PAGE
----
We are pleased to share that Davies Howe LLP has been recognized in the Novae Res Urbis’ Top 10 Development law firm list for our expertise in Land Development. We are honoured to be ranked 2nd in the Greater Toronto Hamilton Area and 3rd in Toronto for 2022.
The NRU had this to say, “Davies Howe remains a force to be reckoned with at the OLT and the TLAB with the results to prove it.”, “Another solid year securing overwhelmingly positive outcomes for its clients at the Tribunal”.
Thank you to Novae Res Urbis, our clients, and our team for this recognition of our work.
On November 28, 2022, Bill 23, More Homes Built Faster Act, 2022 received royal assent and is now law in Ontario. The final version of the Bill is accessible here.
As the subject of our past five blog posts, as well as recent media coverage across the Province, Bill 23 has been, and continues to be, at the forefront of our minds. As such, this post will highlight some of the substantive revisions that were made to the Bill prior to it receiving royal assent and becoming law.
Introduced on October 25, 2022, Bill 23 was referred to the Standing Committee on Heritage, Infrastructure and Cultural Policy (the “Committee”) on October 31, 2022, where it was reviewed and considered by the Committee, and subsequently amended (the “Amended Bill”). A tracked changes version of the Amended Bill can be accessed here.
Planning Act Amendments
The Amended Bill introduced four substantive amendments as it relates to the Planning Act.
Third Party Appeal Rights
First, the Amended Bill walked-back the restrictions previously proposed on third-party appeal rights of official plans, official plan amendments, zoning by-laws and zoning by-law amendments.
However, the restrictions on third-party appeal rights remain for decisions regarding minor variances and consent applications. For these decisions, only the Minister, a “specified person” and public bodies who have an interest in the matter are permitted to appeal. As discussed in Part 1 of the Blog series, a “specified person” has a strict definition and does not include neighbouring property owners. This restriction is effective immediately and also applies to existing third-party appeals of minor variance and consent decisions where no hearing date has been set as of October 25, 2022.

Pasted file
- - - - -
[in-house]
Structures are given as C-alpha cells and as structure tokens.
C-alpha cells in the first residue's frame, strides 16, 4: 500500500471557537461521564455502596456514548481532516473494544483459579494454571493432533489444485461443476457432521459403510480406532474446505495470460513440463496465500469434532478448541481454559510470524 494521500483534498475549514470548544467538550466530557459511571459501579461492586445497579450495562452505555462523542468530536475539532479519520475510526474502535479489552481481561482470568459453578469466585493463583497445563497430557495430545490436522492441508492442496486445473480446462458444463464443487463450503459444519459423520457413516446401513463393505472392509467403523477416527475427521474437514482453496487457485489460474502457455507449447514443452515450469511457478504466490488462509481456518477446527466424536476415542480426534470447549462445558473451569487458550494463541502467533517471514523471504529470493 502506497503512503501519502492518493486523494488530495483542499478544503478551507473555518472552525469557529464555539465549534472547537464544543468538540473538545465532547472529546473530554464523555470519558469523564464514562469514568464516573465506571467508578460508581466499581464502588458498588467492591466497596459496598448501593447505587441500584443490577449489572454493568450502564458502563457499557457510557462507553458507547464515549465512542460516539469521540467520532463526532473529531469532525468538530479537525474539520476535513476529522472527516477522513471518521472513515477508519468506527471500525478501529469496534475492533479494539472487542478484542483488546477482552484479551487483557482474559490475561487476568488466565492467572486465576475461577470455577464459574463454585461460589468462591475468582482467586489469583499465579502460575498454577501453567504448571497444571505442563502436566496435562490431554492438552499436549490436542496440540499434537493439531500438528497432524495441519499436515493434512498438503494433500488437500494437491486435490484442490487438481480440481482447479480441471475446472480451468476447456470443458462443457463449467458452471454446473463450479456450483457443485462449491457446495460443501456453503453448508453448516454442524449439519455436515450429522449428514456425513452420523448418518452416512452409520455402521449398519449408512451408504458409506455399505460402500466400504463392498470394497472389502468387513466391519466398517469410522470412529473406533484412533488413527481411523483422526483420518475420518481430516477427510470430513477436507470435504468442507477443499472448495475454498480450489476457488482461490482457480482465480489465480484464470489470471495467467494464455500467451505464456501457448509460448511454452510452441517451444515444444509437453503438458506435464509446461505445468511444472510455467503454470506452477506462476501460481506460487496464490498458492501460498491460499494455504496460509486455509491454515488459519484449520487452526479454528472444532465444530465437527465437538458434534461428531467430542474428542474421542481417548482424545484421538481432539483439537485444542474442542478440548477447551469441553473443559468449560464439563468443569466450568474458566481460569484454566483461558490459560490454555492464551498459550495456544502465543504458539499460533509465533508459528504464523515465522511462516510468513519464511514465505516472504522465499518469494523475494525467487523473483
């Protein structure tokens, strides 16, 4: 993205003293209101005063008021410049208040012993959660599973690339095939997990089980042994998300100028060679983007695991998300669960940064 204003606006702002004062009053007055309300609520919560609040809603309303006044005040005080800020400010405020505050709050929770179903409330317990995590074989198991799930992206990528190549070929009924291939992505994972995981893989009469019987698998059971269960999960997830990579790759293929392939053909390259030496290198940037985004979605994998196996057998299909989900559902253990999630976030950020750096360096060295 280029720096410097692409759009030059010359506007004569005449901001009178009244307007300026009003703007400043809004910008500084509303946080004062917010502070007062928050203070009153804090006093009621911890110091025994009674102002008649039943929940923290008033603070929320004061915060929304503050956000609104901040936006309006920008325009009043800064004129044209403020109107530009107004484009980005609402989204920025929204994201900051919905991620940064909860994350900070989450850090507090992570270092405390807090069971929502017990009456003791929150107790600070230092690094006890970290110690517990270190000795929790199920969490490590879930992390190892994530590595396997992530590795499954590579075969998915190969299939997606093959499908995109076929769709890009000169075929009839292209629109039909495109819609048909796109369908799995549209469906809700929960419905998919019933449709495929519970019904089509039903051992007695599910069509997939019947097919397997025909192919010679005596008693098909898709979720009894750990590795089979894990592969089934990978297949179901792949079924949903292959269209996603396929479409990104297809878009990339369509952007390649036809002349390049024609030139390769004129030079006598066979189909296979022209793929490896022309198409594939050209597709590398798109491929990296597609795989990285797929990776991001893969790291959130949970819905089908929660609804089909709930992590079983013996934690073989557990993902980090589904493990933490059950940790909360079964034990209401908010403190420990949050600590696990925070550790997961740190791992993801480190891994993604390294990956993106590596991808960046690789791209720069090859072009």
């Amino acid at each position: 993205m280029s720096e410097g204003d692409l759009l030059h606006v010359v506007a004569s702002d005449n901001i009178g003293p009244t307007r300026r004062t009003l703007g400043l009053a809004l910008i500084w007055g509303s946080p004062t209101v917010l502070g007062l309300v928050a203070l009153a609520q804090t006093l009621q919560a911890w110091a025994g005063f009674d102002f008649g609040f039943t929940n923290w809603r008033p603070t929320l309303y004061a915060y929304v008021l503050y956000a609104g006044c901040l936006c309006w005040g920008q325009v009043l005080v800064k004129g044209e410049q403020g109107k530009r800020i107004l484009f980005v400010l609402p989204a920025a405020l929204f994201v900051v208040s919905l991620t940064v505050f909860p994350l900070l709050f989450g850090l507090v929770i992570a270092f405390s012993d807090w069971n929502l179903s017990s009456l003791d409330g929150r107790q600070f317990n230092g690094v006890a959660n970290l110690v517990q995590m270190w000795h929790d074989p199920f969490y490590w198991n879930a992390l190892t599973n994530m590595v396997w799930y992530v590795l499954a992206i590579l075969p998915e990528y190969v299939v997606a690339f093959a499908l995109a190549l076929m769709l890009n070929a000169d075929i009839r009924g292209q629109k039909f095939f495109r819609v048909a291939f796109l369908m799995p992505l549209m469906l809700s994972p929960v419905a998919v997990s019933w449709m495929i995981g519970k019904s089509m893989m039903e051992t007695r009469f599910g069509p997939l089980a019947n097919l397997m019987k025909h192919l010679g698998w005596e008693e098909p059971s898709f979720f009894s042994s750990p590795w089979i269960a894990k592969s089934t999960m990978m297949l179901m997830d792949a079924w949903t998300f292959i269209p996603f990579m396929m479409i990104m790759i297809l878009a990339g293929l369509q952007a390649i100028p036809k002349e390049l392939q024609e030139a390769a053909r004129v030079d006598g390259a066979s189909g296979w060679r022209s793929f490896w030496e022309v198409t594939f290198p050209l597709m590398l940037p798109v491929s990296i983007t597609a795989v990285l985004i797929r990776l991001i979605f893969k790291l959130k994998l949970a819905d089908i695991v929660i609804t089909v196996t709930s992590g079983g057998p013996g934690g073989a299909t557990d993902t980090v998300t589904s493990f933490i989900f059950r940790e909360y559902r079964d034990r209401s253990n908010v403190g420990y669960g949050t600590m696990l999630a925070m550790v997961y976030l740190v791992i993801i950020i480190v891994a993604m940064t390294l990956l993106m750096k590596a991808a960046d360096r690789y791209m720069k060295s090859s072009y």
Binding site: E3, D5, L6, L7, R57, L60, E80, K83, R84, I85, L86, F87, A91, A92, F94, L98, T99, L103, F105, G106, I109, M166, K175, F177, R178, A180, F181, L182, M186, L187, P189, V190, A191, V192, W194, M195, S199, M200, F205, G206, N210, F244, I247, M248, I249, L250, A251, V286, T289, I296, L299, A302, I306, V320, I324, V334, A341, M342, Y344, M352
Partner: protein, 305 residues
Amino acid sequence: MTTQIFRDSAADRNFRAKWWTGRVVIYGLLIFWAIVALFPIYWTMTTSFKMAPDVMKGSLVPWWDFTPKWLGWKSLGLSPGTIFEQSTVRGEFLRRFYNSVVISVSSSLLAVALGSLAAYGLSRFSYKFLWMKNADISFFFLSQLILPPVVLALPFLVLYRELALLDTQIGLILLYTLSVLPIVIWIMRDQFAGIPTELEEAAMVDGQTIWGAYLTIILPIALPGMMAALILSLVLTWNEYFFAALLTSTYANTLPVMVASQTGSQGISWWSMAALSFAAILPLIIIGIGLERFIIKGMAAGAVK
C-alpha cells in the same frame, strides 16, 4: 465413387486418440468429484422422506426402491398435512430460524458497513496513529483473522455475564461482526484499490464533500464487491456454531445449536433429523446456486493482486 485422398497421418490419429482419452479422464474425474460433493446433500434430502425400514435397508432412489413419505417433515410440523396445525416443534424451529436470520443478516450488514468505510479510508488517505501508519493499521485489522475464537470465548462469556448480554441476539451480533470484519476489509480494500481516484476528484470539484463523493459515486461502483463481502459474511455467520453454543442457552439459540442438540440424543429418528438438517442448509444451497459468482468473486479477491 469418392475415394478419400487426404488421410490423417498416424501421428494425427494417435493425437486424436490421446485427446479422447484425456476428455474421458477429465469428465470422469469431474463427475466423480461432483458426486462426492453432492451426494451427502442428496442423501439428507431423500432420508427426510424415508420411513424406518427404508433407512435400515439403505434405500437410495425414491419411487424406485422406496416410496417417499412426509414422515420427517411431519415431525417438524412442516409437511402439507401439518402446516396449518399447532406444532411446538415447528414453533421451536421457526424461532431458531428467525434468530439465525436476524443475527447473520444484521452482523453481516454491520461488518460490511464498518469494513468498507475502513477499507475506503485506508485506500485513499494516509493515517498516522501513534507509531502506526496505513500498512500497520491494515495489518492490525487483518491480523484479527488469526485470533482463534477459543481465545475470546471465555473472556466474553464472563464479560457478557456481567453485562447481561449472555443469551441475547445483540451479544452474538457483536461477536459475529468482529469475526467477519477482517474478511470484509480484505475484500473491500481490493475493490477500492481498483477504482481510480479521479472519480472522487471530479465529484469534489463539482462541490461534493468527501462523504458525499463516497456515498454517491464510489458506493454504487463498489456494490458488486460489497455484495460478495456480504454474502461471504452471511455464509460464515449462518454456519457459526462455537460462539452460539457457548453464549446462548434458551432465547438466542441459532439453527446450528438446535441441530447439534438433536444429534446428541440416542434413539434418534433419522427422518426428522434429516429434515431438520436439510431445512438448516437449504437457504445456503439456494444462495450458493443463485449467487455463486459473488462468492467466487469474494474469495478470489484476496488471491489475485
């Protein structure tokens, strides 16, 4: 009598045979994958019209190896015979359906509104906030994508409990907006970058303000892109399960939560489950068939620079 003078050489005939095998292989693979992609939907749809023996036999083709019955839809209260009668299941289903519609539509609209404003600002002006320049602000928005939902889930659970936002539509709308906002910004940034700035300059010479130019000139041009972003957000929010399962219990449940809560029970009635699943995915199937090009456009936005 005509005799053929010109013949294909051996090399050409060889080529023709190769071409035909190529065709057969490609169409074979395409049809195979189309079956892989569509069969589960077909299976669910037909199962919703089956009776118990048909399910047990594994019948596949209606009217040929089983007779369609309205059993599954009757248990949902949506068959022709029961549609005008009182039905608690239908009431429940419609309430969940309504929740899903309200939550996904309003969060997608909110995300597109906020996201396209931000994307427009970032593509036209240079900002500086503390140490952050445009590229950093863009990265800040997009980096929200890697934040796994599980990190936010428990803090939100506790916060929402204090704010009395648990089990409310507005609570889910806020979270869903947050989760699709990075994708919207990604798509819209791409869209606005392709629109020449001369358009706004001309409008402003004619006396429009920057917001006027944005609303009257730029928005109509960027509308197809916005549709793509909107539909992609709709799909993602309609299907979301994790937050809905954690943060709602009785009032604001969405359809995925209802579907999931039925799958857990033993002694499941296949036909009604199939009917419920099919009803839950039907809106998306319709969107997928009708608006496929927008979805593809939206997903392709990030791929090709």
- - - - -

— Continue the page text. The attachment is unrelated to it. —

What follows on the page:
While the Amended Bill’s “walk-back” is substantial, the restriction on third-party appeals of minor variances and consents is still a significant change to the planning regime.
Removal of Two-Year Prohibition
Second, the Amended Bill removed the prohibition on requests to amend official plans within two years of a new official plan coming into effect. Similarly, the Amended Bill removed the prohibition on requests to amend zoning by-laws and applications for minor variances within two years of a new by-law being passed. The original Bill only removed these prohibitions for requests related to pits and quarries.
Agreements Regarding In-Kind Contribution of Community Benefit Charges
Third, the Amended Bill introduced a new provision with respect to in-kind contributions that are made to satisfy community benefit charge requirements. The Amended Bill now permits municipalities to require an owner of land to enter into an agreement with the municipality regarding those contributions. The agreement may be registered against the land and thus enables the municipality to enforce the agreement against the owner and subsequent owners.
Reintroduction of Environmental and Sustainability Matters to Site Plan Control